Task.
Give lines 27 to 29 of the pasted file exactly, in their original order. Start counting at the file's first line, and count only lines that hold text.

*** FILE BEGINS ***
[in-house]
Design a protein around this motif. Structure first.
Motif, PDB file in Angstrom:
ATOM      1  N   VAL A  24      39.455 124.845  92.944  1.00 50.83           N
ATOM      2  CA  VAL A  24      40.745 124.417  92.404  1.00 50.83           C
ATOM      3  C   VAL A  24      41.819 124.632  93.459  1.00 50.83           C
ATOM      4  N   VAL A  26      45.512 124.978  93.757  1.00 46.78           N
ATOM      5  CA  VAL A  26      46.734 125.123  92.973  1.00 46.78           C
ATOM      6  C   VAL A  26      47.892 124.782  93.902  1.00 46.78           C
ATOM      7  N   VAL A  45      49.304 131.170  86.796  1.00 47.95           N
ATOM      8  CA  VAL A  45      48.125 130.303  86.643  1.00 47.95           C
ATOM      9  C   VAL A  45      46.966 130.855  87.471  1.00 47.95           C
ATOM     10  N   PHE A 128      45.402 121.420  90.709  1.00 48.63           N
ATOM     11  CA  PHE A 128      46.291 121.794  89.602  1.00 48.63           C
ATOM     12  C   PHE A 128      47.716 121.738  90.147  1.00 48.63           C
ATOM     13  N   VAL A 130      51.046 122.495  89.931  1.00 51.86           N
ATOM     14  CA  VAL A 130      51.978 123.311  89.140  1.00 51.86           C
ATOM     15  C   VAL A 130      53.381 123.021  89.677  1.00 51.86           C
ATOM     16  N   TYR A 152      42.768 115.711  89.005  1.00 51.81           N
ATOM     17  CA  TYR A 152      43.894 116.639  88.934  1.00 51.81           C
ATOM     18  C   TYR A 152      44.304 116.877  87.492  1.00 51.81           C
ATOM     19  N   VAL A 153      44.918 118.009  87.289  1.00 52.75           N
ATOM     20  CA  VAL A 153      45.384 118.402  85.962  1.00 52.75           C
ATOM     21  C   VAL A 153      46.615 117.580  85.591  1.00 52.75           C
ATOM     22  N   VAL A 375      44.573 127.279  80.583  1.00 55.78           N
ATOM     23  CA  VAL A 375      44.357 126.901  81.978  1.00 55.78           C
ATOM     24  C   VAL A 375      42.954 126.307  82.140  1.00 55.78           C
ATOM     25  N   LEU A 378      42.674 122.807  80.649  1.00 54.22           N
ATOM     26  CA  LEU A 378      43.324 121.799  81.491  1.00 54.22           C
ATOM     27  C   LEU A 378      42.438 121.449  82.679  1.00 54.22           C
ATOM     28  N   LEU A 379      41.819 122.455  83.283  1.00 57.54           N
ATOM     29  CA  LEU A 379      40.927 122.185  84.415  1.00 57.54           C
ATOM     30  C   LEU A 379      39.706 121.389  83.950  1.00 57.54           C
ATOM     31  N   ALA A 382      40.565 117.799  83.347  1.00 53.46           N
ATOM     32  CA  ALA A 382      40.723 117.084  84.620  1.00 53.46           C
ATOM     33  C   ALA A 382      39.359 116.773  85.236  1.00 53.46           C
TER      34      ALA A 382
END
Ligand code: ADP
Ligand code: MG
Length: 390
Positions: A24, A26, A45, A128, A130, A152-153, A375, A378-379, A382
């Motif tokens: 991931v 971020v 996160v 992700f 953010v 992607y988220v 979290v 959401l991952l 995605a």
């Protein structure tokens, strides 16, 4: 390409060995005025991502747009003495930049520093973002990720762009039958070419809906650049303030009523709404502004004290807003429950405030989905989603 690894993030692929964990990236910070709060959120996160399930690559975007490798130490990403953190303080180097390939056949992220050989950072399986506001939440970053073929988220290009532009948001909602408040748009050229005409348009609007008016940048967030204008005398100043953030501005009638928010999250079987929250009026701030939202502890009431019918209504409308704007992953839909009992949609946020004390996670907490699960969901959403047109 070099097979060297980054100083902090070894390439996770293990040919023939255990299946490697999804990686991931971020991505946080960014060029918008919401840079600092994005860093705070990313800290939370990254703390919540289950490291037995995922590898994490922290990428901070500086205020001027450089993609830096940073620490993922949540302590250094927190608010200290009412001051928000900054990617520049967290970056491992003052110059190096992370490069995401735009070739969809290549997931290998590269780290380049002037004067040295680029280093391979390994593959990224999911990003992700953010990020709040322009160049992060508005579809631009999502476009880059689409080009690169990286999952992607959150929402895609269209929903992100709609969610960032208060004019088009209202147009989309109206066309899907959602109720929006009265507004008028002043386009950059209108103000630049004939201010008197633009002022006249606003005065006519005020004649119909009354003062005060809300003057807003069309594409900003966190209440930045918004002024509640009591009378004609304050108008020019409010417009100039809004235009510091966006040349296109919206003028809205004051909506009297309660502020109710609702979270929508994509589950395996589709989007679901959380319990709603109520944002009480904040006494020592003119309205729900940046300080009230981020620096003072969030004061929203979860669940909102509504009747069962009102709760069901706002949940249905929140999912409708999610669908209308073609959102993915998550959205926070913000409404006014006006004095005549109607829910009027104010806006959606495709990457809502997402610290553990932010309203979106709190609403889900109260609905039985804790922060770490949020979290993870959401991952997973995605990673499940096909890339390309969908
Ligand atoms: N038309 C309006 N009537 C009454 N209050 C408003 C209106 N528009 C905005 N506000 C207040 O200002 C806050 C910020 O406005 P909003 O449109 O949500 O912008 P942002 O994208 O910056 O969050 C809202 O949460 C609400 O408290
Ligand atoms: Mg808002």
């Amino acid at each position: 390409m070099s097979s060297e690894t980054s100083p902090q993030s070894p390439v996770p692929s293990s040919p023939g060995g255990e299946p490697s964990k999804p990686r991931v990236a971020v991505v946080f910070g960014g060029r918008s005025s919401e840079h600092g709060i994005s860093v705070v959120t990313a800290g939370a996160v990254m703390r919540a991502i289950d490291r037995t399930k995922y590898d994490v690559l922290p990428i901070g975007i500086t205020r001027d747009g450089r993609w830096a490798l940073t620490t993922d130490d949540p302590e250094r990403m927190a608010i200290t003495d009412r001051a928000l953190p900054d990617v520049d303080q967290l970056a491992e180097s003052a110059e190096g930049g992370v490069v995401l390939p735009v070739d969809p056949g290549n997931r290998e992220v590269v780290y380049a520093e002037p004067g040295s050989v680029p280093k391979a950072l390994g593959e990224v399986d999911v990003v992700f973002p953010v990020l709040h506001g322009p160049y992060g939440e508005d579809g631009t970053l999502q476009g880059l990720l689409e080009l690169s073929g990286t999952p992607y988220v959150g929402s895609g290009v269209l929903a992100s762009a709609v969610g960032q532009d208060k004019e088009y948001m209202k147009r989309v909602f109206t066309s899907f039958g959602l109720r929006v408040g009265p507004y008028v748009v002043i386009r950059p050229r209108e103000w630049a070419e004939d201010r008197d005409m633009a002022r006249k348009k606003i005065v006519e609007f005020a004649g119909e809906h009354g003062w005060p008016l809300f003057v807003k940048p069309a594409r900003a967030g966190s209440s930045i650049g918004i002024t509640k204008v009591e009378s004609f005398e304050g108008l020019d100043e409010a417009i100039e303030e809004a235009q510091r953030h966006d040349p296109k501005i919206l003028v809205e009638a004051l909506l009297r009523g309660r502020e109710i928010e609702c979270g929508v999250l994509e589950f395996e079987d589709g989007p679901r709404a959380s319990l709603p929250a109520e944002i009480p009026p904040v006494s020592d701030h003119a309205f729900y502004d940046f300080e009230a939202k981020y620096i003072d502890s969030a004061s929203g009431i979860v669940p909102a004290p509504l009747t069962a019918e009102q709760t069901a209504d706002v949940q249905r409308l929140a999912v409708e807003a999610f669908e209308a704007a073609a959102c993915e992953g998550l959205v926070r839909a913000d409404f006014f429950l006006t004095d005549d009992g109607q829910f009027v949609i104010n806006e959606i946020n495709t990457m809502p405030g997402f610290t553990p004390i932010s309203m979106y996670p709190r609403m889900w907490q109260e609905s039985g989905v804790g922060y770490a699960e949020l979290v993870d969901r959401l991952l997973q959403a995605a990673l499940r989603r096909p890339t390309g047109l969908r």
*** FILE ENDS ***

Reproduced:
ATOM     24  C   VAL A 375      42.954 126.307  82.140  1.00 55.78           C
ATOM     25  N   LEU A 378      42.674 122.807  80.649  1.00 54.22           N
ATOM     26  CA  LEU A 378      43.324 121.799  81.491  1.00 54.22           C